As the popularity of tabletop continues to grow, so does its community. This is seen at conventions and trade shows, and through competitive tabletop gaming with Magic and Pokemon, which has started to open the door for influencers and tastemakers in the space who help to draw new audiences towards the diverse and broad appeal of card and board games. Attendance at tabletop gaming conventions is growing too; for example Essen SPIEL had 190,000 attendees in 2018 compared to 149,000 when the event began 2012. With the industry now worth over a billion dollars, there’s great potential for experimentation when marketing new tabletop games.
Given the steady and consistent growth of tabletop gaming, there is great potential for the industry to reach new consumers through influencer marketing. YouTube already hosts a staggering amount of gaming content watched by millions, providing great crossover potential with digital gaming and nerd culture in general.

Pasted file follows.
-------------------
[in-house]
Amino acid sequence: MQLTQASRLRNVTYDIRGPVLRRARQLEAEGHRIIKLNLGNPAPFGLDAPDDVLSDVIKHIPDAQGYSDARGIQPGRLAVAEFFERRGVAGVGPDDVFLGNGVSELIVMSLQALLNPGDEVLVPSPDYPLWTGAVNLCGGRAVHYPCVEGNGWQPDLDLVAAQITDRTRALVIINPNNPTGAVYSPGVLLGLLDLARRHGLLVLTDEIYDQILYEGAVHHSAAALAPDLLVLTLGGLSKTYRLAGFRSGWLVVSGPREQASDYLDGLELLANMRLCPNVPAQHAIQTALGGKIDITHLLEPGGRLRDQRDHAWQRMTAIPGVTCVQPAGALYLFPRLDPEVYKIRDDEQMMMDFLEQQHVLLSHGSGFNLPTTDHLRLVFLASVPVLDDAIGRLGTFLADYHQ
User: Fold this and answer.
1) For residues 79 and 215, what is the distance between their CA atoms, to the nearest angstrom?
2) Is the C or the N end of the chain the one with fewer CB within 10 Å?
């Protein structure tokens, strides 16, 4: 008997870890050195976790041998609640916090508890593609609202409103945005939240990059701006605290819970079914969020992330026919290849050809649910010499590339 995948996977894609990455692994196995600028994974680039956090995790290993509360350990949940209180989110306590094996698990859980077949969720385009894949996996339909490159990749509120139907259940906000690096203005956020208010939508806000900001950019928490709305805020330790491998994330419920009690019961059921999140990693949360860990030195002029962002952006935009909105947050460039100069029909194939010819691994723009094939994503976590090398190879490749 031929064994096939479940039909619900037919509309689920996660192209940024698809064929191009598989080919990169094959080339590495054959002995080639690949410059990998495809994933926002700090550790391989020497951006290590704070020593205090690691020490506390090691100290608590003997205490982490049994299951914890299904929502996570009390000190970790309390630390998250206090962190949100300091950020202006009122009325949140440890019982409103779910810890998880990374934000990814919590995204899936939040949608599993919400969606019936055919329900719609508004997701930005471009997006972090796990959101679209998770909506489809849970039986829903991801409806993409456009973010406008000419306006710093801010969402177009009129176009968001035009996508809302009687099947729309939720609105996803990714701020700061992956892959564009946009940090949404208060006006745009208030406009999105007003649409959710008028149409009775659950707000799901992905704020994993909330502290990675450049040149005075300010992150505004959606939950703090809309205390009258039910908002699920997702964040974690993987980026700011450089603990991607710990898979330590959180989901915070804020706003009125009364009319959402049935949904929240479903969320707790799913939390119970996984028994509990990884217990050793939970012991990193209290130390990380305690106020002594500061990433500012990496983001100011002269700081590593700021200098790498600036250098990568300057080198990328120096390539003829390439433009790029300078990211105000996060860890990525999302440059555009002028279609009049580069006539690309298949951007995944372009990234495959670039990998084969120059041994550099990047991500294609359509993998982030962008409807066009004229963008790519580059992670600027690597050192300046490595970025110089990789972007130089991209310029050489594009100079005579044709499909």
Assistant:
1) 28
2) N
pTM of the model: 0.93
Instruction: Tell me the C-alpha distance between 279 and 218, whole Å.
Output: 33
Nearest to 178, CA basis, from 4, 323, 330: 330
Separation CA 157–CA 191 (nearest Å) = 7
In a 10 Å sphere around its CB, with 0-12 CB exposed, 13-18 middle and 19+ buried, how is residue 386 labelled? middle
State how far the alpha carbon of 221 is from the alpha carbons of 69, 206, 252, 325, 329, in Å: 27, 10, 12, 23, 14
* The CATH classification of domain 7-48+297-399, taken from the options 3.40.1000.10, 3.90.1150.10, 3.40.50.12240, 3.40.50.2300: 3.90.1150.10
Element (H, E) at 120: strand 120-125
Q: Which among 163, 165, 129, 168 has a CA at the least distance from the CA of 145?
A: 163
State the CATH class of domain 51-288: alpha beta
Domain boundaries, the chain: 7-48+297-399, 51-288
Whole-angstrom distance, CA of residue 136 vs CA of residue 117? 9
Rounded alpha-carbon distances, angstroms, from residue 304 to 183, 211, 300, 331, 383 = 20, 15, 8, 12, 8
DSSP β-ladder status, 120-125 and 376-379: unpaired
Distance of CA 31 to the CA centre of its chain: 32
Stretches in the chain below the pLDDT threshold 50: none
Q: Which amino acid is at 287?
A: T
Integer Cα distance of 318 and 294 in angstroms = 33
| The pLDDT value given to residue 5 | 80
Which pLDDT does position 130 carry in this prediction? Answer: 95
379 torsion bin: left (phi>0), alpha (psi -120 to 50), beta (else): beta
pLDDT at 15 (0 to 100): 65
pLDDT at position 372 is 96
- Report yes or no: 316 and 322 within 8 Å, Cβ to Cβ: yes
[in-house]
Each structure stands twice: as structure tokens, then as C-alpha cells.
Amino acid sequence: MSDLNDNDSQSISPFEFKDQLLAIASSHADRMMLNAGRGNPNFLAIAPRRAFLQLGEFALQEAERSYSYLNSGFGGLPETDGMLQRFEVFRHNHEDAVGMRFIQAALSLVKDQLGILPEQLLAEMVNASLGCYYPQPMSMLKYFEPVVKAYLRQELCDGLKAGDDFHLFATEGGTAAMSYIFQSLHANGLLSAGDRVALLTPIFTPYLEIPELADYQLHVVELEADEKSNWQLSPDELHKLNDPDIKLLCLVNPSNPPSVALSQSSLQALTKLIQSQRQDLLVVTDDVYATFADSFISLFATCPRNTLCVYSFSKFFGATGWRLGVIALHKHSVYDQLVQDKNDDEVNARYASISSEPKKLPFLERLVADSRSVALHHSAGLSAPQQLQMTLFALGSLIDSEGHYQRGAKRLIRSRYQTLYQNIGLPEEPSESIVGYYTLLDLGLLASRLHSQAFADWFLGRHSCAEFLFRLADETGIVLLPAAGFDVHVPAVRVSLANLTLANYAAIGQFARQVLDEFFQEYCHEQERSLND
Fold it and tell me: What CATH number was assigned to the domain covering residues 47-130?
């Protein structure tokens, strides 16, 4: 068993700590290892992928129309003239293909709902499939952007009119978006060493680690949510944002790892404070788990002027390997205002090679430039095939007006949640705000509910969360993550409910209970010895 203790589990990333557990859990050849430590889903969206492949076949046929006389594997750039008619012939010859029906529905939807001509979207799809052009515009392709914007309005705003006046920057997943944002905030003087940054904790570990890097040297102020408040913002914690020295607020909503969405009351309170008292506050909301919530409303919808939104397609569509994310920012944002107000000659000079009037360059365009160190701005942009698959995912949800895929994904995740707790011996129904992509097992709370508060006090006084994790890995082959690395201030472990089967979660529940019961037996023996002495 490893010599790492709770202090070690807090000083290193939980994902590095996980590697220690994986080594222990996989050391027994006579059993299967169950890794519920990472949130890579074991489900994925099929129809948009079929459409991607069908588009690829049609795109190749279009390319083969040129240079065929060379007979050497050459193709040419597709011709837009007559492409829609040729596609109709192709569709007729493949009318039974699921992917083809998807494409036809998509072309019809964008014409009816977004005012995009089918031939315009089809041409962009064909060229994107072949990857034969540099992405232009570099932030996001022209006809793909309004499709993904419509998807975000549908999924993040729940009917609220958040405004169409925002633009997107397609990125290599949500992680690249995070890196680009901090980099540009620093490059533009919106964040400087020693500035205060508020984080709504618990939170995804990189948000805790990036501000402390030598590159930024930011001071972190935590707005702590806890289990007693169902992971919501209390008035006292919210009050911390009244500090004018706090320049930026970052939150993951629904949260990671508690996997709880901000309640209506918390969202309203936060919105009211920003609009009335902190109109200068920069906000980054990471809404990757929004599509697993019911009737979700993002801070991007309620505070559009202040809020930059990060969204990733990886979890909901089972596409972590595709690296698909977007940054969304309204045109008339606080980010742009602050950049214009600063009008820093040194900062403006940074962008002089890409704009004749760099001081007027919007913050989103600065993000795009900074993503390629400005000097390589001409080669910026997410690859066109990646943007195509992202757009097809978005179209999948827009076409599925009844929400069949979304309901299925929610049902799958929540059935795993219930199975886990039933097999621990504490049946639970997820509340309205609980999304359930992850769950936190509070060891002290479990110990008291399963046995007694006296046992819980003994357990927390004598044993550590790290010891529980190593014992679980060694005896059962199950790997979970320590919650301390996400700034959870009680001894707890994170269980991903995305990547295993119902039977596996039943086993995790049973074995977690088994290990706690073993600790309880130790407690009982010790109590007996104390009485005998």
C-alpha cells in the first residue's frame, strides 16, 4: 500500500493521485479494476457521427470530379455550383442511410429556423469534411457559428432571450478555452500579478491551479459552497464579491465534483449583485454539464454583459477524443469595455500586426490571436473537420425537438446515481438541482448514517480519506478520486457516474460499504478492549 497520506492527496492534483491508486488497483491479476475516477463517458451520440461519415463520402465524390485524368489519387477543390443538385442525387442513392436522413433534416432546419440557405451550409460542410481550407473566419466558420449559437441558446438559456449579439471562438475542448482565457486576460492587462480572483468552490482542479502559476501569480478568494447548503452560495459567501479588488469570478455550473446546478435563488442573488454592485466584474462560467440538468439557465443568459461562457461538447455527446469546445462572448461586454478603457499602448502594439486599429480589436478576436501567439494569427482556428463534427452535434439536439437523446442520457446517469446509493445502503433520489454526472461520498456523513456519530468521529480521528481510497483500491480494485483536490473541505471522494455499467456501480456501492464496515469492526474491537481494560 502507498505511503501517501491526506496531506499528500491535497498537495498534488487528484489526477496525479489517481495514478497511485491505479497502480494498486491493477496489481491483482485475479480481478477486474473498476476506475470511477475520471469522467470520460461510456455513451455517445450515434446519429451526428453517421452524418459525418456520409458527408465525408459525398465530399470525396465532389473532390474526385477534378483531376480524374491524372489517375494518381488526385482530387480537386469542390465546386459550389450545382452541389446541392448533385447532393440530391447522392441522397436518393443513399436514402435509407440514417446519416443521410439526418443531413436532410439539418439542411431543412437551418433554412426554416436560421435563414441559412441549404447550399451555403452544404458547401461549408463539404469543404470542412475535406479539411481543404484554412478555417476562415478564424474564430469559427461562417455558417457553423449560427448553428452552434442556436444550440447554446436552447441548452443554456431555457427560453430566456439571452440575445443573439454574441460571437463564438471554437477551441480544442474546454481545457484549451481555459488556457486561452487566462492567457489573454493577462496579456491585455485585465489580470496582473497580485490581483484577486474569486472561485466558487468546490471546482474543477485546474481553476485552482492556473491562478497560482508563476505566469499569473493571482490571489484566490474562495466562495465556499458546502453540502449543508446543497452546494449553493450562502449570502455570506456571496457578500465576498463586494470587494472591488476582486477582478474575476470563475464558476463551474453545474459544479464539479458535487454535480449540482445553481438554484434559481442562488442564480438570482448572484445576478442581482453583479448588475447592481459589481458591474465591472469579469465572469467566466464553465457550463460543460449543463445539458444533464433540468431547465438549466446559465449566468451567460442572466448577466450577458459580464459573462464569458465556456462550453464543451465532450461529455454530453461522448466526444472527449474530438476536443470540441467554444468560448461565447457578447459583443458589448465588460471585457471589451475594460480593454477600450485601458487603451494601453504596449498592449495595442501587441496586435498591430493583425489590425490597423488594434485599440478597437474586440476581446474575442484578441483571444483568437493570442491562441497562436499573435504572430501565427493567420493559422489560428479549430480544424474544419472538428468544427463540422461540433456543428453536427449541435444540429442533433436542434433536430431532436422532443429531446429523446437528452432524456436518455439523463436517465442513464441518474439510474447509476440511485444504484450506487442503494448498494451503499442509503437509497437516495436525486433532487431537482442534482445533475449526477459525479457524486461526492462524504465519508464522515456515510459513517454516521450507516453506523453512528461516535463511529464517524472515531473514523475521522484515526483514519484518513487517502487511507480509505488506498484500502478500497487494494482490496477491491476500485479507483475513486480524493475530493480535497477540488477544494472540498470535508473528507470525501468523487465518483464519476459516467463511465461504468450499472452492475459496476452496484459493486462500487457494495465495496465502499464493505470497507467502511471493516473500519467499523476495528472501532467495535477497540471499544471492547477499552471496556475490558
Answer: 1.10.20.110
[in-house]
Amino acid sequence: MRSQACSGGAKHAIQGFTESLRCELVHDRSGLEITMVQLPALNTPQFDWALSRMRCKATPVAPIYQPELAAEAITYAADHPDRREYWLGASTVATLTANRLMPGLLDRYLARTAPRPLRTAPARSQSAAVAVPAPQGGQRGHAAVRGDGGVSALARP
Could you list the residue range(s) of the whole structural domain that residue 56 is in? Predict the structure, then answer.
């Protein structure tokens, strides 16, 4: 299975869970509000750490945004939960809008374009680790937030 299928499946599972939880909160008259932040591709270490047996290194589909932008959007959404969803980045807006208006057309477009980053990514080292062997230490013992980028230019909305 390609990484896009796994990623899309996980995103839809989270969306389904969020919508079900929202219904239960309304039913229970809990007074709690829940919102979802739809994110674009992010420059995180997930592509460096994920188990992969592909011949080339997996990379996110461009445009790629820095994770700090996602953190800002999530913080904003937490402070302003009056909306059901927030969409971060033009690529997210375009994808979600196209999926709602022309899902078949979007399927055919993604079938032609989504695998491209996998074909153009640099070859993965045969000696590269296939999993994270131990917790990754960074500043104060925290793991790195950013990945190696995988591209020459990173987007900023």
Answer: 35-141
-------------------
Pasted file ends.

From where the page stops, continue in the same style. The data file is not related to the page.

Geek & Sundry’s TableTop stands out as an example of how board game content could be leveraged through influencers. The channel as a whole is targeted towards nerd culture with a variety of content covering anything from storytelling to RPGs. TableTop’s Let’s Play and tutorial-style content was perfect for showcasing tabletop games. Wil Wheaton’s hosting style and the guests he invited to play made sure the videos weren’t dry or repetitive, with the series averaging around 600k views per upload. It’s also highly-produced and entertaining, and a great example of what is possible in the space.
Other dedicated channels and creators have quietly been cultivating engaged communities on the platform. Tabletop Minions, Watch It Played, The Dice Tower and Shut Up & Sit Down are fostering small (by YouTube gaming standards) but dedicated audiences of tabletop players who watch tutorials, Let’s Plays, reviews and BTS content all around their favorite board games. There is also a growing community on Instagram, but most tabletop content creators on the platform would be considered nano-influencers by industry standards.